Crochet mania!

Last Monday, I shared a tutorial for crocheting a wave stitch scarf .  Also, there were other links to tutorials that I posted on  Beading Arts : Part one Part two Part three If you enjoy crochet as either a mainstay or sideline of your artistic diet, please visit my Crochet Pinterest board for more projects, links to stitch tutorials, and inspiration!

Ribbon of Blood + Broken Hearts - an acrylic pour painting tutorial

Ribbon of Blood + Broken Hearts Cyndi Lavin, 2018 Like everyone else, I cried the day that seventeen lovely people were murdered at the Stoneman Douglas High School in Parkland, Florida.  That is was Valentine's Day only made it worse.  Instead of celebrating young love, we mourned the loss. I don't tend to make a lot of political statements, and I'm not usually one to attend protests or rallies.  I have nothing against these things, they are just not my mode of being.  Instead, I vote.  I pray.  I make art.  I donate money where I think it will help.  The piece above, Ribbon of Blood + Broken Hearts , came from my sorrow following that ugly day. It's taken me two months to post it here, because I wanted to be able to share the materials and the process with you, but at the time it was just too raw. 1. I decided to use the pour and tilt method of liquid acrylic pouring.   Gesso  your masonite boards and let it dry.   Place it inside an aluminum pan, ra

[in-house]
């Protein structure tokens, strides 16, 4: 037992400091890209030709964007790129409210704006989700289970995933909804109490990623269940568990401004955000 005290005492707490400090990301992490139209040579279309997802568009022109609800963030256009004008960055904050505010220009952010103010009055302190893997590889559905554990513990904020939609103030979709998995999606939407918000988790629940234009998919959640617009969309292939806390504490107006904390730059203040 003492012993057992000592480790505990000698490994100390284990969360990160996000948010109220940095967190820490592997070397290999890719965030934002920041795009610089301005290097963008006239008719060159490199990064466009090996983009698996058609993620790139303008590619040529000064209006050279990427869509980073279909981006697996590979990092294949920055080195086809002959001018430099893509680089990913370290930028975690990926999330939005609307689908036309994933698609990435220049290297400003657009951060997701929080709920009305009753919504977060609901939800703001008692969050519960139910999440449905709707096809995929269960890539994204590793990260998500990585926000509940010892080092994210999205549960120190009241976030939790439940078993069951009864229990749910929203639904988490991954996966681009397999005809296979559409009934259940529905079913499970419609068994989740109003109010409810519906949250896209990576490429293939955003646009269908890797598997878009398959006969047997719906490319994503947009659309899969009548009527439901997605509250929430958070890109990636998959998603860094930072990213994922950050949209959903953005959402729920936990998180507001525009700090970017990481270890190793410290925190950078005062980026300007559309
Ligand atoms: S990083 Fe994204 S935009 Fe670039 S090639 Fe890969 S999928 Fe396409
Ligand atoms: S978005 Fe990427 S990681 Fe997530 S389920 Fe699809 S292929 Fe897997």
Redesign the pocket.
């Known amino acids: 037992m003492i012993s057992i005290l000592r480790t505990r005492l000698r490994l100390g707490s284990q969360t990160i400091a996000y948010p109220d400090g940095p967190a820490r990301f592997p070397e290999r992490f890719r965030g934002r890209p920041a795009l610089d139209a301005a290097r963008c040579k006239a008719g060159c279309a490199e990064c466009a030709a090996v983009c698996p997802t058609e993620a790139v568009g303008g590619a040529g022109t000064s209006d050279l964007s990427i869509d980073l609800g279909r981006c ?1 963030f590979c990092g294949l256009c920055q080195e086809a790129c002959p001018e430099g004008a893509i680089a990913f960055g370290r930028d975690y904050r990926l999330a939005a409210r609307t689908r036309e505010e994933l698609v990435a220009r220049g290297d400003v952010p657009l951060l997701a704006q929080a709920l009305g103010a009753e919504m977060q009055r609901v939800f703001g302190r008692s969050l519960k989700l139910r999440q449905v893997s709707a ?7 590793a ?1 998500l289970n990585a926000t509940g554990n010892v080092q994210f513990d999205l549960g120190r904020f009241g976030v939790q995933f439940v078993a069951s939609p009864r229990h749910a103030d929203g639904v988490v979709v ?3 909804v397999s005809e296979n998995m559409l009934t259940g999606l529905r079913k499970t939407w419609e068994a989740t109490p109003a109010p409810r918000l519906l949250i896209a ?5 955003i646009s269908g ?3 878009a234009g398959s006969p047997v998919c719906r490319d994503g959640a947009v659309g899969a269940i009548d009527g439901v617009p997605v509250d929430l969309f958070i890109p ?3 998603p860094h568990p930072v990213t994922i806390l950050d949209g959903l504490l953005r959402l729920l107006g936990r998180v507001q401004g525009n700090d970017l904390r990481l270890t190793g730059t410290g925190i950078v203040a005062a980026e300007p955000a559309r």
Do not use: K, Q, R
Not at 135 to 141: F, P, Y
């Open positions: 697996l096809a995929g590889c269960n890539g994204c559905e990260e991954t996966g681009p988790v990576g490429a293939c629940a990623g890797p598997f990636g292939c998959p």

New gallery at Fine Art America

Particle Shower Do-Si-Dos Cyndi Lavin, 2018 Originals and prints for sale Last month, I mounted some of my paintings and got them ready for sale.  In my stumbling-around way, I eventually landed on FineArtAmerica , and decided that would be my new gallery home.  Right now I have a selection of pieces from my physics series available, and I am planning on adding more pieces: trees, geometrics, more from physics, and other abstracts.  If there is a particular piece that you'd like to have, please just message me at beadingarts at gmail dot com, and I will be happy to upload it there for you. Prints are available in quite a few sizes, from 5.5x8 inches to around 3x4 feet!  And they start at only $20 for the three smallest sizes. 

Making your own alcohol inks

I've been playing around with alcohol inks lately.  I love the bright, over-the-top saturated colors, but I don't love the price.  Looking around online, I found several suggestions for making your own, but some of them neglected to take into account the differences in pigment vs dye in the markers, and the difference in the effectiveness of 91% rubbing alcohol vs regular 70%. Sun Drenched Icicles Cyndi Lavin, 2018 I have gotten much much better results with dye-based markers.  Most (not all) permanent markers are dye-based.  Here's an article you can read if you want to know about the chemical difference, and which markers are which. So what do you do?  Just pull off the point of the pen and put it in a small glass jar.  I used those tiny little jars that you get jelly in at Christmas time!  Pry apart of cut off the end of the pen and slide out the plastic covered reservoir from the center.  I recommend gloves!  It doesn't matter if it's dried u